As the largest free genealogy website—which is rapidly adding historical record images—FamilySearch.org should be a frequent stop for any family historian. And don’t let the simplicity of the search form fool you: there is so much under the hood here to help you ferret out your ancestors’ records from the gazillions in the site’s collections. Let me introduce you to tricks for searching the historical records databases on FamilySearch.org and arm you with strategies for finding the family history records you need.
Search Form Fields
There are many ways to search FamilySearch.org records, but all of them start under the Search tab by selecting Records from the dropdown menu (or go directly to <www.familysearch.org/search>). This takes you to a landing page with the main Historical Records search form, which lets you run a global search of all the site’s indexed records. Those include censuses, immigration and naturalization records, military records, vital records and other historical documents. This search form doesn’t yet cover digitized books (which has a separate search you access under the Search menu), the FamilySearch Family Tree (which you access by clicking the Family Tree tab; free registration is required), or the not-yet-indexed records (see page 45 for more on these). Let’s take a closer look at the search fields:
A. First and Last Names:
The form has separate boxes for the first name and last name of your ancestor. (You can include a middle name or initial in the First Names box.) Next to each name is a check box. When you click this check box, your search is restricted to the exact name you typed. This means your results won’t include a record with a spelling variation or nickname, just the precise name you entered. This will help narrow the search results to sift through, but it could leave out some relevant results.
For example, when I searched for my ancestor Blasius Schwer with only his name, I got more than 3,000 results. When I checked the exact check box for his last name, the search returned 384 results. When I checked the exact name check box for both his last and first names, I got just six results. Start your search broad, and narrow as needed.
B. Life Event Date and Place:
Under the Search With a Life Event heading, you can choose to enter a date range and place where an ancestor lived, was born, married or died. Click on the Birth, Marriage, Residence, Death or Any link to bring up search fields where you can list a date or date range and a place for the corresponding life event. The Any option covers birth, marriage and death dates and places, but it’s best used to enter an immigration year if you want a passenger list, or the years of a war if you’re looking for military records. If you want a specific census record, click Residence and enter the census year. As with personal names, when you enter a place for any life event, you have the option to restrict your search to the exact place name you entered.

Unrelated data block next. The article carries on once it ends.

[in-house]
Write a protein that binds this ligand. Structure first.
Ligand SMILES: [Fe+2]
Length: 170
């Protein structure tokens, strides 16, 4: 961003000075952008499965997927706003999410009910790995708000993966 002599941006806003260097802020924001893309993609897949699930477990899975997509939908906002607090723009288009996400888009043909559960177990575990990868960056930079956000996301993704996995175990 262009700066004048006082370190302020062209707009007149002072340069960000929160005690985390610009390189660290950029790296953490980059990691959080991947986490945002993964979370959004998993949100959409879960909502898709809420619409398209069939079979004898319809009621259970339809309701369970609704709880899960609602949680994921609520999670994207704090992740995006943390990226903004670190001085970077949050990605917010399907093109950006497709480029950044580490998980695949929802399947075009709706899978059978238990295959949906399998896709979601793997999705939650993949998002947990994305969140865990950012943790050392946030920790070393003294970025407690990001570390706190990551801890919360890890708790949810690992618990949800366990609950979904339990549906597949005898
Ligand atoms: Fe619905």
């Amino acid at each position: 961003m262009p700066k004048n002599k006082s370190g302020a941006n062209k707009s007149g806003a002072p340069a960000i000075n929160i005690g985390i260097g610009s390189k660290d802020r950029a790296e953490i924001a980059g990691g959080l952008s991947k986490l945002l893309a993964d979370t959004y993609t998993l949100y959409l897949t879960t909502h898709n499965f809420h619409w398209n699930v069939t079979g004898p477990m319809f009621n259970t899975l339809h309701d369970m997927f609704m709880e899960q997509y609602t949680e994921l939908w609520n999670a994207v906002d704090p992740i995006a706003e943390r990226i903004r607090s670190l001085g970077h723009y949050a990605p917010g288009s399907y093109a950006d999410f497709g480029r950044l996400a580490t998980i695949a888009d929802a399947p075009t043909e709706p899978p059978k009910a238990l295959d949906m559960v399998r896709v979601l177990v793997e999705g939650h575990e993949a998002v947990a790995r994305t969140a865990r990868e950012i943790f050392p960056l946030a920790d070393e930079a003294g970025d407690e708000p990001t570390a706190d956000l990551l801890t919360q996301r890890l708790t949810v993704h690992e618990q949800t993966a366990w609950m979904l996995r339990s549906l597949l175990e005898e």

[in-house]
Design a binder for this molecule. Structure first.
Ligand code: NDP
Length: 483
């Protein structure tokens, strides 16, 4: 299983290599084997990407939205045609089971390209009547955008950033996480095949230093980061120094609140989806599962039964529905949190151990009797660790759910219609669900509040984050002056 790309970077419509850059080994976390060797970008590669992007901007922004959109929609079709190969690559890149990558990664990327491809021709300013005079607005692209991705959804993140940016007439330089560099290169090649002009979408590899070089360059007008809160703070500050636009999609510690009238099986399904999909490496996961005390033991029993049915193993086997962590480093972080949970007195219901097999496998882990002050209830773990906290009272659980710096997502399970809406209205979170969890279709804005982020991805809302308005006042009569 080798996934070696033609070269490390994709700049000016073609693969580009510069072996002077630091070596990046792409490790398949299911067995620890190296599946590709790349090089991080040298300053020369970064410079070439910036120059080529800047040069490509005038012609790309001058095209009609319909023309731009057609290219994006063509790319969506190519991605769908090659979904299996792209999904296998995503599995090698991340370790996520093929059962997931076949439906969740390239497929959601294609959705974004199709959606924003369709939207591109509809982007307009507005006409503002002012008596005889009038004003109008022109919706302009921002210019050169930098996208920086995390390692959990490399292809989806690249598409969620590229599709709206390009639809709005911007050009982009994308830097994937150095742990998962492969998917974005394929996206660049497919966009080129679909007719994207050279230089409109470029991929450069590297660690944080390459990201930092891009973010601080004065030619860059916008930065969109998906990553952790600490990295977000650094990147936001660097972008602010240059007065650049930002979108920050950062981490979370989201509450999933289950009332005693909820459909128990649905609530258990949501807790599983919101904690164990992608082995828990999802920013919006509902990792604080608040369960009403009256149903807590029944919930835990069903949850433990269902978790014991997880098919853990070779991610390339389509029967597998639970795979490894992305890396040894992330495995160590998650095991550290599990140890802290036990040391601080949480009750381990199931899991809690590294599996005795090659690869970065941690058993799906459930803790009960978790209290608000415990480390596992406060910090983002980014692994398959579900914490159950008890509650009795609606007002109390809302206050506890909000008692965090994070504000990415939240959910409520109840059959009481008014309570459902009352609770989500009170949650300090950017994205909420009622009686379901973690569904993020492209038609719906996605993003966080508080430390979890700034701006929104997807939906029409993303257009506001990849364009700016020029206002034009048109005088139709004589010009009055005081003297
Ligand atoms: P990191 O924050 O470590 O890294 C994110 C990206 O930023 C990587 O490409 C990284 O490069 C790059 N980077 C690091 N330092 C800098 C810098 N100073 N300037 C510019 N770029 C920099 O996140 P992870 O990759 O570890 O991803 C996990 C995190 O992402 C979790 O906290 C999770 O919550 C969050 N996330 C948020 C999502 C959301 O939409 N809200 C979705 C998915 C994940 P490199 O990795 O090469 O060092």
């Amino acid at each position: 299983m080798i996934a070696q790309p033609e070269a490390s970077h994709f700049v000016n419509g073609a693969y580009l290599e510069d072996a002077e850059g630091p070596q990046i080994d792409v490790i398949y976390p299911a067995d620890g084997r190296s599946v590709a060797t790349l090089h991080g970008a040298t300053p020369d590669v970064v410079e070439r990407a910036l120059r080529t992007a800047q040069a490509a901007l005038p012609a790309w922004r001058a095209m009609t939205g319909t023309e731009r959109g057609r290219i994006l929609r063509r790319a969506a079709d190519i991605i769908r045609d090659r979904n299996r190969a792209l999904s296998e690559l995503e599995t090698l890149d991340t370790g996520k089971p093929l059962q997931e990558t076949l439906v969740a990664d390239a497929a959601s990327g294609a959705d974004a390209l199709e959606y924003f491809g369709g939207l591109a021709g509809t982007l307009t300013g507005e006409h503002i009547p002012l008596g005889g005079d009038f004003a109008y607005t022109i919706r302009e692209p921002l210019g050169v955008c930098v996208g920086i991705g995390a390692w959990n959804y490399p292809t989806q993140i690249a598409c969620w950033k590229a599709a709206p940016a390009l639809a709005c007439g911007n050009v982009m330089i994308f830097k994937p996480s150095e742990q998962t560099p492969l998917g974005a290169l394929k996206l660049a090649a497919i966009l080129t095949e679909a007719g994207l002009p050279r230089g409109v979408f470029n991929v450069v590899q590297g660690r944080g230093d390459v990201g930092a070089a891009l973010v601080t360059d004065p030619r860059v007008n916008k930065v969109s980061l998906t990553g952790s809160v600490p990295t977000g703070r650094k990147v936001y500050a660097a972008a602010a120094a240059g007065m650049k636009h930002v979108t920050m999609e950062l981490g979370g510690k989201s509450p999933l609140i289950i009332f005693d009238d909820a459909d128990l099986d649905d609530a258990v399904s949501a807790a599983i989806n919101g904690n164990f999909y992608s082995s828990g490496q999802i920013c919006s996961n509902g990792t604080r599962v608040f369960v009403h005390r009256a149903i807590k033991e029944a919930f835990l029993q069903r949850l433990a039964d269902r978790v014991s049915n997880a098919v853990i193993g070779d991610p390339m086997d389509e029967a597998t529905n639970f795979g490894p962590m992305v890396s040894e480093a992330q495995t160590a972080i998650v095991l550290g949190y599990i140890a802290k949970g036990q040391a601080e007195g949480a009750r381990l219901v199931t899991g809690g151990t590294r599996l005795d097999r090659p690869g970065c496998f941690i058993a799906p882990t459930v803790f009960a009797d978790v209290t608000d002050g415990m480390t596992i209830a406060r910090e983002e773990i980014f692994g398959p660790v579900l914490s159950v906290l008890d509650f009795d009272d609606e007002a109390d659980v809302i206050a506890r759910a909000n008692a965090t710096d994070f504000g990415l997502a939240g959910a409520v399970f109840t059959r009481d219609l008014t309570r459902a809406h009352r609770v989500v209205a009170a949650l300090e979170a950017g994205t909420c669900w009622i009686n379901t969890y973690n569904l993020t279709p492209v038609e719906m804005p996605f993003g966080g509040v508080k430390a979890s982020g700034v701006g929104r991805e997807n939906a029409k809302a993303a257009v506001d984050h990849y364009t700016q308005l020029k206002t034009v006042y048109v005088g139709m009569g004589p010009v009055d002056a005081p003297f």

You can add as many life events as you want to your search, but keep in mind that adding a lot of detail here could restrict your matches. In most instances, it’s best to begin your search by entering just one life event, such as a birthplace with a year range for the birth, or a place of residence and the year range your ancestor lived there. If you you want to remove an event from your search, just hover your mouse over the relevant part of the search form and click on the X in the corner of the highlighted box that appears.
If your ancestor has a common name, such as John Smith, it could be beneficial to add family members to your search (especially if the family member has a unique name). This will tell the site to find records that name the other person along with your ancestor. Another good way to use this area is to look for all children of a couple: Add their names as the Parents, and leave the ancestor’s name fields blank. You can add up to four family members in a search: a spouse, mother, father and/or one other person (such as a sibling, cousin or even an unrelated household member). Just click the appropriate link: Spouse, Parents or Other Person. Each name field has an exact check box. Again, checking it means only names that match exactly will be included in your results—and matches with nothing in the spouse, father, etc., search field won’t show up.